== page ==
They started by first building a better car. You can’t just have great marketing to fix a problem, you have to actually fix the problem. But then advertising was put in play to tell that story. They created the 10 year/100,000 mile warranty. This was a brilliant marketing strategy and tactic. (Read our other article about challenger brands where the first step in competing with bigger brands is to neutralize any advantage of that bigger brand.)
Next they hired (among others) NBA star Charles Barkley to talk about these newer, better versions of the Hyundai cars. They didn’t shy away from the lower quality perception that was there but instead challenged the viewer to reshape their thoughts. Their tagline gave a nod to those perceptions with “Hyundai? Yes, Hyundai.” 
Over time, Hyundai was able to change their brand. They are no longer considered a cheap car that falls apart within a few years, instead they are considered a quality car that is comparable, perhaps better, than the other brands in their price range.

It’s what people think
So your brand is not what you think it is, it is what others think it is. 
To take this even a step further, we have to realize that there are variables that play into this. The first variable is defining who it is that is holding the perceptions. Brands can have multiple audiences. As such, your brand can have different meanings to different people. If a brand has been around a long time, those that have known it longer may have a different perception than those that may be introduced to it for the first time. This could be due to the age or experience of the consumer (a first-time expectant mother is going to be introduced to brands that a year earlier she had no previous exposure to prior), could be due to geography (expanding your brand into new markets), or could be something entirely different. The bottom line is that there could be multiple perceptions for the exact same product.
We also need to take into account that your brand is being shaped by others, not just your consumers. Influencers play into your brand perception. Influencers can be online reviewers, distribution and store managers, the media (including social media), politicians, and of course, your competition. So the influencers’ perceptions, and their actions due to their perceptions, will affect the perceptions of others.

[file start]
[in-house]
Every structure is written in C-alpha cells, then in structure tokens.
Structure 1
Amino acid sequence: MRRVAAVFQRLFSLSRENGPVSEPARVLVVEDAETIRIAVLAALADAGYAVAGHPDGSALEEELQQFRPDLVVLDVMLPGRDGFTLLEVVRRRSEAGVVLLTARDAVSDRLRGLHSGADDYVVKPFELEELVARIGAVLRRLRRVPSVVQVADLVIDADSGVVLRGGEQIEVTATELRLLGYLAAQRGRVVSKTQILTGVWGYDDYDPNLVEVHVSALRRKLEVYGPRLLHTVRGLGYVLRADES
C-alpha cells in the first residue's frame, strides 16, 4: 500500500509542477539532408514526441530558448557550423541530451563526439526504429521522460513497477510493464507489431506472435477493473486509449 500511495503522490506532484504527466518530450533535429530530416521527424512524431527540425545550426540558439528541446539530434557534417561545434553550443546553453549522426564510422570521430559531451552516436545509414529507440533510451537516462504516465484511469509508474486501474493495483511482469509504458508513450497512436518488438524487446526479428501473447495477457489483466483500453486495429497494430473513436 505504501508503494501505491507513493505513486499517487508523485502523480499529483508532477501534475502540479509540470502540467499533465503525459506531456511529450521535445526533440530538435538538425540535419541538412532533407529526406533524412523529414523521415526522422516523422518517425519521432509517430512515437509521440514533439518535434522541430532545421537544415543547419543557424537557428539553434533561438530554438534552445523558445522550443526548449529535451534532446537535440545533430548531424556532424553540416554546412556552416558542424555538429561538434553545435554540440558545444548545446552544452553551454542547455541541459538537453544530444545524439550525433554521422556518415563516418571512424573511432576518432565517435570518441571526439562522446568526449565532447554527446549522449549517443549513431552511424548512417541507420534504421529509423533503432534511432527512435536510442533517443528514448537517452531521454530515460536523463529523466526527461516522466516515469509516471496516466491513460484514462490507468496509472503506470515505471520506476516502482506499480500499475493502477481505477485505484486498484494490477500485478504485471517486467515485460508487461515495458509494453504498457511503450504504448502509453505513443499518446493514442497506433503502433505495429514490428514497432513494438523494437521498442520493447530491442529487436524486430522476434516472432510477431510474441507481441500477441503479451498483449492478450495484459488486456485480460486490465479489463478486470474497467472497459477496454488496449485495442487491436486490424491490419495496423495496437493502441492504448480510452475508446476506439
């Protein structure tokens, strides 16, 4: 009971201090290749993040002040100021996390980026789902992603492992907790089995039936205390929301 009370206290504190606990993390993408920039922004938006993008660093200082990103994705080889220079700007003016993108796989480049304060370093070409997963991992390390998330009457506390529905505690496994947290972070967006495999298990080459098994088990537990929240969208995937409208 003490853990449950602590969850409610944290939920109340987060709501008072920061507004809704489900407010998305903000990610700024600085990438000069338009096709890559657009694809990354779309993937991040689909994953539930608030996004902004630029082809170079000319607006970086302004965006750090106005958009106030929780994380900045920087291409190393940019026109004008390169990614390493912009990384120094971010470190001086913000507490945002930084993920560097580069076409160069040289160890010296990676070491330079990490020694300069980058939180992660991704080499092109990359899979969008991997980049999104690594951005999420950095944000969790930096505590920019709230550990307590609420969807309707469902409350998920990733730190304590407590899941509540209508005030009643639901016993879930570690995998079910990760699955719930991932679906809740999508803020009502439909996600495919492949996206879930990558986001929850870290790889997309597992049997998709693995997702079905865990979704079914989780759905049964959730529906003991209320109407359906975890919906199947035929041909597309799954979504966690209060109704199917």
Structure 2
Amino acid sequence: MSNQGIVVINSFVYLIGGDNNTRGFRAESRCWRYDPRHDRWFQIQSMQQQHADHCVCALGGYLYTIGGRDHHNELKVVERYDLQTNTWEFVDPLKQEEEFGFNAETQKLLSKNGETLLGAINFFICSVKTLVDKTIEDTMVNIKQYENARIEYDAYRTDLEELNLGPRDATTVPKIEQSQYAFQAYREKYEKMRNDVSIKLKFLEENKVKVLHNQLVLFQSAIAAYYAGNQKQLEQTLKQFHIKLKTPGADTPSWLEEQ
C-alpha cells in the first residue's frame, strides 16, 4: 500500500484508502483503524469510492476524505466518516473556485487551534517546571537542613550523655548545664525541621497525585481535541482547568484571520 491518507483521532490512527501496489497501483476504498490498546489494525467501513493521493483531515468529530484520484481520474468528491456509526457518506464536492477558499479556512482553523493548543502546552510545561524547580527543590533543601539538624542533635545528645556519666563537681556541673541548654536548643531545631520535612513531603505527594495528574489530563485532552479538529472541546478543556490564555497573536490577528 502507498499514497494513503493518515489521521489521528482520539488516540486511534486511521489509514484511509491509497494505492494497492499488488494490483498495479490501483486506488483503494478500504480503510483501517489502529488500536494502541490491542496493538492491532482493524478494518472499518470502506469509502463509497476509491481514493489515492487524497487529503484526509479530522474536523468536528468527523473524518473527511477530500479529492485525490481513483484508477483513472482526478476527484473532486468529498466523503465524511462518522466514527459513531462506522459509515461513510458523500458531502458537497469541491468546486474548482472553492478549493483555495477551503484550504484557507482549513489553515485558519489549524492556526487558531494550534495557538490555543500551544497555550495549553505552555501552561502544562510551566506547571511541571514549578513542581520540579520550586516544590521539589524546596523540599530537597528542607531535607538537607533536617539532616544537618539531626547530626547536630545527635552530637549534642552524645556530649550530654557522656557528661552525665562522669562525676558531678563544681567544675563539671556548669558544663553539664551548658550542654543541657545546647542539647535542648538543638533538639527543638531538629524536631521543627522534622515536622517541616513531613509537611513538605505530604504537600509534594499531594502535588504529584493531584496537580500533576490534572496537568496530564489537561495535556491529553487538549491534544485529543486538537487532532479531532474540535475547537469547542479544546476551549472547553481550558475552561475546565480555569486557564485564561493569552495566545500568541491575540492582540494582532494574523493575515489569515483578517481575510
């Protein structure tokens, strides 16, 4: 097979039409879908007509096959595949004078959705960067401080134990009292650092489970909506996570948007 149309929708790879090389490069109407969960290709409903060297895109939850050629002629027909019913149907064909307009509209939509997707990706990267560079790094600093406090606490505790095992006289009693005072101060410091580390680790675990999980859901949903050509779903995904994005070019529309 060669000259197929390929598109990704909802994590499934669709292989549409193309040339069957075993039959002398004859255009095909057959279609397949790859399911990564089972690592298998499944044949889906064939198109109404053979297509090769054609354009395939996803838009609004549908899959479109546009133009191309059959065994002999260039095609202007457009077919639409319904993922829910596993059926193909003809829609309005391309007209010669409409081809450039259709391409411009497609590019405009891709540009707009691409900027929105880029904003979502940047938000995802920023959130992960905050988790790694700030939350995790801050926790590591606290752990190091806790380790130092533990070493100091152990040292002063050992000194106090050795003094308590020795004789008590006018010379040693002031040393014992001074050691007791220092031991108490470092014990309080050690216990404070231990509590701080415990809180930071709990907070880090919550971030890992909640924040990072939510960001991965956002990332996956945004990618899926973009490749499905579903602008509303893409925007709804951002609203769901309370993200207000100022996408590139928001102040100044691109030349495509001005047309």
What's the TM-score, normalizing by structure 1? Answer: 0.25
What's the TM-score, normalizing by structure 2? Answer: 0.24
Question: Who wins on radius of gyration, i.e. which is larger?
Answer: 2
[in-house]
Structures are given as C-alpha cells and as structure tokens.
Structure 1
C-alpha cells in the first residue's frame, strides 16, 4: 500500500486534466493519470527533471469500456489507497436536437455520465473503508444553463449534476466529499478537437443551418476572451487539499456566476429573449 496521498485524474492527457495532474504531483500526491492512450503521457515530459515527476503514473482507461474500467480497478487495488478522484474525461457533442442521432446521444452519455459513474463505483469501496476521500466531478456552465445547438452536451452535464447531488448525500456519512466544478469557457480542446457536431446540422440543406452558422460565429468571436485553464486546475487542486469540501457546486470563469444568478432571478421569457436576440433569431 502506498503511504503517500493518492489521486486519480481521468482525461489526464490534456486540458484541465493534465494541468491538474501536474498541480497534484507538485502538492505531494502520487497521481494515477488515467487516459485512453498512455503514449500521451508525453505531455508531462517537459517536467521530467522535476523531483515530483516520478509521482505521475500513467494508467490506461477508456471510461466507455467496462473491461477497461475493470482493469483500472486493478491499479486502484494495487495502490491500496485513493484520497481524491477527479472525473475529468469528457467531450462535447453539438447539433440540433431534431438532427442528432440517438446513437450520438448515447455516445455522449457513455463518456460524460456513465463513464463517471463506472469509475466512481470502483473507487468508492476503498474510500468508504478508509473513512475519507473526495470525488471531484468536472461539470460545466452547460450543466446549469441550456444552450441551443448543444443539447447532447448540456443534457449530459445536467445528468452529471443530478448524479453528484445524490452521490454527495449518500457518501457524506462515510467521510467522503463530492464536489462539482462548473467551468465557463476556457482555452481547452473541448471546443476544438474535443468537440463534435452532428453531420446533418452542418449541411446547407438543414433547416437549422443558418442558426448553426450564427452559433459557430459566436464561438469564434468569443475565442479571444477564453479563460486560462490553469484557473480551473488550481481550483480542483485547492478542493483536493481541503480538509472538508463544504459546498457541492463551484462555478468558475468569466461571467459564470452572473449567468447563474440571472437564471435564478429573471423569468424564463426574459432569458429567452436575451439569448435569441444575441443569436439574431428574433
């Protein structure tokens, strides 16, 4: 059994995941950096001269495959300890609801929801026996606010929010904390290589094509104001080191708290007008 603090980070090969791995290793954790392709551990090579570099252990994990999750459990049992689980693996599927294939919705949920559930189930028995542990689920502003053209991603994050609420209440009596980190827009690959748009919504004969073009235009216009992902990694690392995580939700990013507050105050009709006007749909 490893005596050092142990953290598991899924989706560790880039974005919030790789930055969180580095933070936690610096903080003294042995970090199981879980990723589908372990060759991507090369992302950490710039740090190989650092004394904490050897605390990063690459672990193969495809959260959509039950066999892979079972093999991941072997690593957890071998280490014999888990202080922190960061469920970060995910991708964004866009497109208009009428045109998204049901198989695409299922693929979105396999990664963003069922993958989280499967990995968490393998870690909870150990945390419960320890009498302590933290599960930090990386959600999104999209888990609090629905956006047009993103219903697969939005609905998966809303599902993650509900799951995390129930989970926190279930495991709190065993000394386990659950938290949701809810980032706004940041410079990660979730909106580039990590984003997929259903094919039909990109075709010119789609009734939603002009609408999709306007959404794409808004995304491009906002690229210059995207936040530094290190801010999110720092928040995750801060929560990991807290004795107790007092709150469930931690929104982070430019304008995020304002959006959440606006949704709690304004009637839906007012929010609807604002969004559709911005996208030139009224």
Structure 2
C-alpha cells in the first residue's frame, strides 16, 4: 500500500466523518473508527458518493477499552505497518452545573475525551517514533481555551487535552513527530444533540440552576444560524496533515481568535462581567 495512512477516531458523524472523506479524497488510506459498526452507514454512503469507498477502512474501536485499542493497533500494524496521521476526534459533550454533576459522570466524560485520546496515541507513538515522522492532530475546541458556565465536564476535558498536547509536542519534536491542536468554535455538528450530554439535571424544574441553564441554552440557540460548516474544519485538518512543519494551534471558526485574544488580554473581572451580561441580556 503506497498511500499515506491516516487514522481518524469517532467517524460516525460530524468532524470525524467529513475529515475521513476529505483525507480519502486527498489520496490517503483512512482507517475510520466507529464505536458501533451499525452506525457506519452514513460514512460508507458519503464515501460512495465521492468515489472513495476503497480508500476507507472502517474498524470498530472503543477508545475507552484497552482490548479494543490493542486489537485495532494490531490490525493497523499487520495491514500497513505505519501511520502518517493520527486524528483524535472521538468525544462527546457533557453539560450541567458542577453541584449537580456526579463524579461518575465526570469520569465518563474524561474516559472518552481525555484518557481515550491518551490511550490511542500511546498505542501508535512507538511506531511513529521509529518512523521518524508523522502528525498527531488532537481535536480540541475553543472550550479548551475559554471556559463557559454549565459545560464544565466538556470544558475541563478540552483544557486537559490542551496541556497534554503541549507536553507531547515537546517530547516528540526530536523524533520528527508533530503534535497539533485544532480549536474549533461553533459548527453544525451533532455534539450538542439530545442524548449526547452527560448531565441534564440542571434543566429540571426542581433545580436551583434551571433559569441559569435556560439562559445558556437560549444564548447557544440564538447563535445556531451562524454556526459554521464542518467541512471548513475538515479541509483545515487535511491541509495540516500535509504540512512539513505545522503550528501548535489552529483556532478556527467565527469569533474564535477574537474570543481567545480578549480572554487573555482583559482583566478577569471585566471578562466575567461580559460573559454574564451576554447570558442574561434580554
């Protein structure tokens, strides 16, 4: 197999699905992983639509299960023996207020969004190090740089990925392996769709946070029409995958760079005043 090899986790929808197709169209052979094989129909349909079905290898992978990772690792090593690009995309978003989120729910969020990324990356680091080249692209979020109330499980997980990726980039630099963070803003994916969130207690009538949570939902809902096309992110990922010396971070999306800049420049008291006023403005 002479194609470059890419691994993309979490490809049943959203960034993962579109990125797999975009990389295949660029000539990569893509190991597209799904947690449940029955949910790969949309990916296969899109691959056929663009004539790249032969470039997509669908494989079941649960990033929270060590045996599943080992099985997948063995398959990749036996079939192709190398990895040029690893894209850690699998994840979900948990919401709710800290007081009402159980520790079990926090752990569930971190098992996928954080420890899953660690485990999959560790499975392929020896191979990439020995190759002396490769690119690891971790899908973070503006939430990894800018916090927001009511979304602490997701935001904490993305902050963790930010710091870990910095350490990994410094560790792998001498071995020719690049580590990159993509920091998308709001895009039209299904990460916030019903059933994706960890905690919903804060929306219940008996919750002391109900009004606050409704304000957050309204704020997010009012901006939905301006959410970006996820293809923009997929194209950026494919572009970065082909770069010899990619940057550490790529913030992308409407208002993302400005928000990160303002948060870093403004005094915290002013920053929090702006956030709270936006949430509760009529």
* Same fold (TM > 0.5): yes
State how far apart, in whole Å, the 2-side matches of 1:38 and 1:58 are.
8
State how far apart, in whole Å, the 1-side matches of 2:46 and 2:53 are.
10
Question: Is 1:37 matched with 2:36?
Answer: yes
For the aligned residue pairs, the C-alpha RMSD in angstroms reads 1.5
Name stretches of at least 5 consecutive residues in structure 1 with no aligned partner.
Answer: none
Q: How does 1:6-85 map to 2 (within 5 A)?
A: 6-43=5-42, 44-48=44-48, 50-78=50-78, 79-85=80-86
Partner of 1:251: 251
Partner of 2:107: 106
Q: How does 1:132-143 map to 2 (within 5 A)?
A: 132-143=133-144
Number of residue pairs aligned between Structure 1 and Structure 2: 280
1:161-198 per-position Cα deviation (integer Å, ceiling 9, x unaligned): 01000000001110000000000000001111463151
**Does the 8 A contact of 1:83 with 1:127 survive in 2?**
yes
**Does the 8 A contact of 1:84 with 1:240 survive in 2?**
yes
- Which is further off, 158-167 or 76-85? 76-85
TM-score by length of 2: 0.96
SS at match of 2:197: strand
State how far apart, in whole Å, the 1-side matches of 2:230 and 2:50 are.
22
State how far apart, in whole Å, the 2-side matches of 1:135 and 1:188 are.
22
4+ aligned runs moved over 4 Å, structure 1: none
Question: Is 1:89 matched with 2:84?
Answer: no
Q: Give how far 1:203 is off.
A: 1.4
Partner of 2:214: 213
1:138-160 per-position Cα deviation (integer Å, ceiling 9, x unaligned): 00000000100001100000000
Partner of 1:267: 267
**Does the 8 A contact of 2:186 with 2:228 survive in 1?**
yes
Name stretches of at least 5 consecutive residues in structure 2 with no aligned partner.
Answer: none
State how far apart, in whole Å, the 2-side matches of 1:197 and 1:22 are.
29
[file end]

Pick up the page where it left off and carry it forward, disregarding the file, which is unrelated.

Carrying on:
If you’re new, it’s really important to get it right from the start
As mentioned earlier in the case in the story of the Japanese luxury cars, sometimes it is easier to start from scratch rather than to try to change the consumers’ established perceptions. It is almost impossible (almost being a keyword) to change someone’s perception once it has been locked into their brain.
But if you are launching a new company, product, or service, you can see how important it is to get the brand image right from the start. It is much better to spend a little extra time honing that imagery and story before you launch than it is to try to change things after the fact. This is about the only time where what you think of the brand has equal weight on what the brand actually will become. 

Branding, the final word
Finally, our definition of “branding” is the way you influence what others think of your brand. That’s all you can do, you can try to influence the way they think. You cannot actually make them think one way or another, that scenario is only true in science fiction comic books and movies and usually the superhero overthrows the brain-controlling nemesis in the end anyway. 
Your first job as a marketer is to understand what the perceptions are and why people think the way they do. Your second job is to steer them to a different conclusion if needed, or to reinforce that brand perception if desired. It is always easier to work with an established brand than it is to change it. 

©2020 Randy Gunter/The Gunter Agency